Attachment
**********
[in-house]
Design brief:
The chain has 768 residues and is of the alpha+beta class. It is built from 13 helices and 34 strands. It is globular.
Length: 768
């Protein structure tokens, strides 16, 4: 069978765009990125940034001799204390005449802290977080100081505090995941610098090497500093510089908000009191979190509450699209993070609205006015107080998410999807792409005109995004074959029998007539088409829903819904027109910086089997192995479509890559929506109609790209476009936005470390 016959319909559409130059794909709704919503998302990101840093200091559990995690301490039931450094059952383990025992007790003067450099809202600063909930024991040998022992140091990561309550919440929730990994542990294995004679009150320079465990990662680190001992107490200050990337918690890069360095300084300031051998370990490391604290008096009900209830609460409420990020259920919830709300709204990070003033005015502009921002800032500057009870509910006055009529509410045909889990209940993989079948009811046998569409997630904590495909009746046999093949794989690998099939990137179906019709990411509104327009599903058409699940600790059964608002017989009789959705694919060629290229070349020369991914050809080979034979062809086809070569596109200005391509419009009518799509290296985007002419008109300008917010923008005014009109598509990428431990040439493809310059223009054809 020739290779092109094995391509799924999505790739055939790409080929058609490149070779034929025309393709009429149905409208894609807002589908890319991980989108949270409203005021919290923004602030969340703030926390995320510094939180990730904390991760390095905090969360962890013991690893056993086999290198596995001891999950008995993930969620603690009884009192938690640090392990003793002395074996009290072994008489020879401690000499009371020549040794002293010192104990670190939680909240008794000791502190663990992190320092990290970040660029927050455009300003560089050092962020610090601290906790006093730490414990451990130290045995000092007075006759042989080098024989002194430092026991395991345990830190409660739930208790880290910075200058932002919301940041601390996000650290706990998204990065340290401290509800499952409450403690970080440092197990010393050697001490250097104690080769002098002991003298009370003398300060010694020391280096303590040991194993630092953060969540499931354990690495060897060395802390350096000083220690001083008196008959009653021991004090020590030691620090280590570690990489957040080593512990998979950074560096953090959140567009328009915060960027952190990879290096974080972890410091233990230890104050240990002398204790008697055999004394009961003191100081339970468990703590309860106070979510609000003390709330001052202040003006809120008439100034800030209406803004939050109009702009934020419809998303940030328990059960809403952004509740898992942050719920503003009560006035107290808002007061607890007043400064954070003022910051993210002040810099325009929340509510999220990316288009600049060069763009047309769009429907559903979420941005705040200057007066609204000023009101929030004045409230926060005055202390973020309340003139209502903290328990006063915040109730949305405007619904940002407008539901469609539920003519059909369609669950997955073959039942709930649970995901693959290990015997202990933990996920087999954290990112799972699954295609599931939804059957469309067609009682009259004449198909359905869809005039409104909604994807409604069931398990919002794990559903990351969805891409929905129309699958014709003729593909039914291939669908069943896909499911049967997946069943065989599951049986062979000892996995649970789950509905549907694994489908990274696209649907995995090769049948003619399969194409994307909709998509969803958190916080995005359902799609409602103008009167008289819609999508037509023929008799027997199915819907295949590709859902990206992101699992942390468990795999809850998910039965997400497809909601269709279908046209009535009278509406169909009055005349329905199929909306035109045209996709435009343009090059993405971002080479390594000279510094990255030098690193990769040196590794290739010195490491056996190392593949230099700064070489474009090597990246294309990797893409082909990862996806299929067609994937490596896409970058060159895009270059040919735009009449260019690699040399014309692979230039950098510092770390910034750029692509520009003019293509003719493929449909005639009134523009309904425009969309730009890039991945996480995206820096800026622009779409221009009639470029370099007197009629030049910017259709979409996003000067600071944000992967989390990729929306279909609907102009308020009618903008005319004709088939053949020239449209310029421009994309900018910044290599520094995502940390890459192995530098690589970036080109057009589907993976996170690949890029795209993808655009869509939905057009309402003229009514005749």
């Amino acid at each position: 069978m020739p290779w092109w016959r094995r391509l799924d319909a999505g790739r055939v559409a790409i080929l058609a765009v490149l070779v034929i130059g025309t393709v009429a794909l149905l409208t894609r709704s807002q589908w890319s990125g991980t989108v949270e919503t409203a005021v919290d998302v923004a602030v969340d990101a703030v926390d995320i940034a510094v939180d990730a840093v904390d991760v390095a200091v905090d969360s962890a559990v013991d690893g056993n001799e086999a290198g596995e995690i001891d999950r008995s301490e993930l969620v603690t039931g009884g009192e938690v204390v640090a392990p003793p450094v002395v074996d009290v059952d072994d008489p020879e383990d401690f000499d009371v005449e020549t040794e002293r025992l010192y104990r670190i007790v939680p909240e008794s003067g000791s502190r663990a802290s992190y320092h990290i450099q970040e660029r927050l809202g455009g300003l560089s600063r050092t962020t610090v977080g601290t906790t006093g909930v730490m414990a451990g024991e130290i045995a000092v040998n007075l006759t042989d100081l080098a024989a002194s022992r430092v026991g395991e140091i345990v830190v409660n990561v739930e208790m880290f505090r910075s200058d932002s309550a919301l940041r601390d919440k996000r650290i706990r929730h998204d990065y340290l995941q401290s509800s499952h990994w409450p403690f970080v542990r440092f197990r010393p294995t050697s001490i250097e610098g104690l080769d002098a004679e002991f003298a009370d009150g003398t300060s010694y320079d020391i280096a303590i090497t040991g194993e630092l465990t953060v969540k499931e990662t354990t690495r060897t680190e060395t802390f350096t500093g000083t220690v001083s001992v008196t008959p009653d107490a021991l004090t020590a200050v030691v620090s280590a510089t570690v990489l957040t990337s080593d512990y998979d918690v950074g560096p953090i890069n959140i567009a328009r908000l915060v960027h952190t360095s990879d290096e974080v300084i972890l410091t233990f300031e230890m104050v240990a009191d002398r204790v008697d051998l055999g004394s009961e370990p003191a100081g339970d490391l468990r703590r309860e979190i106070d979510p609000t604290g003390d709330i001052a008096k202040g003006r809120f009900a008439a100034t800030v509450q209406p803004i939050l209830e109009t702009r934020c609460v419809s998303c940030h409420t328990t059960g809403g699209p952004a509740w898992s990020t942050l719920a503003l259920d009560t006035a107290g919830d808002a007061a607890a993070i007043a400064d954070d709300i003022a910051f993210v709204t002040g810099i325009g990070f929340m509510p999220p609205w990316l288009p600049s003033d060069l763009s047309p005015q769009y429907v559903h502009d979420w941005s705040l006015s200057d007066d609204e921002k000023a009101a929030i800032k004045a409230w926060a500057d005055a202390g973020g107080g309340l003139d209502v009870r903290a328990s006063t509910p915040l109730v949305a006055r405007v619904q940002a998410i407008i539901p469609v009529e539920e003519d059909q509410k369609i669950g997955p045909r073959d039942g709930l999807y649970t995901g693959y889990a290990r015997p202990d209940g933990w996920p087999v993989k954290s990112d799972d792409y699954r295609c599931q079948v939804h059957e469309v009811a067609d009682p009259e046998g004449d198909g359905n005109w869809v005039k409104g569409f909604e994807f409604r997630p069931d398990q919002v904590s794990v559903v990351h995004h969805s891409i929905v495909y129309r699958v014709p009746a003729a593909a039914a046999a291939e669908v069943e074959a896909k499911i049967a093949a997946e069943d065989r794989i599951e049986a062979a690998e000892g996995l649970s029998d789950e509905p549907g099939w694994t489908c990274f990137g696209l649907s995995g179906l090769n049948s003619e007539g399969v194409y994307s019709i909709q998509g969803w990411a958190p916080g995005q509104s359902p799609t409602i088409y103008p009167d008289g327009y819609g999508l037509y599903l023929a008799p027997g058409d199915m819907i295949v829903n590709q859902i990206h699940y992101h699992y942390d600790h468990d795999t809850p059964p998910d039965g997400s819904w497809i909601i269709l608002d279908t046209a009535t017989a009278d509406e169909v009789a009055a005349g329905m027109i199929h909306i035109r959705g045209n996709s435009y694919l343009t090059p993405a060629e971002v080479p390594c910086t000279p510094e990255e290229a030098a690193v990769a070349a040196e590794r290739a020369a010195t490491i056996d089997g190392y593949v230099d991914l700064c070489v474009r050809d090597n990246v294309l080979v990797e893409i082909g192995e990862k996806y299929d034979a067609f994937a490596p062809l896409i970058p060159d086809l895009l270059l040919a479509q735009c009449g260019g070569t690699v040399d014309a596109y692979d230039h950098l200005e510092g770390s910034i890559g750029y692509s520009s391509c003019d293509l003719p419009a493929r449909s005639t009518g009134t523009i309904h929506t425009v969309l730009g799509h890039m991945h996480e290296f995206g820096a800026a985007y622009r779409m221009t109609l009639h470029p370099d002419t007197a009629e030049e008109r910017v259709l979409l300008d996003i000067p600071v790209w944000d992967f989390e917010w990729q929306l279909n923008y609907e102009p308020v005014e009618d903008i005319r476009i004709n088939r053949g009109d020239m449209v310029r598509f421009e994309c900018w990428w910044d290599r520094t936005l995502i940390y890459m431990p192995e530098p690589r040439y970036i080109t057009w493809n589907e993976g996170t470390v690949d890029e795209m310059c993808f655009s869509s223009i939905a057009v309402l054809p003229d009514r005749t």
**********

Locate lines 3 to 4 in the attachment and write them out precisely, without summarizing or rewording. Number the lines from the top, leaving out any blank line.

The chain has 768 residues and is of the alpha+beta class. It is built from 13 helices and 34 strands. It is globular.
Length: 768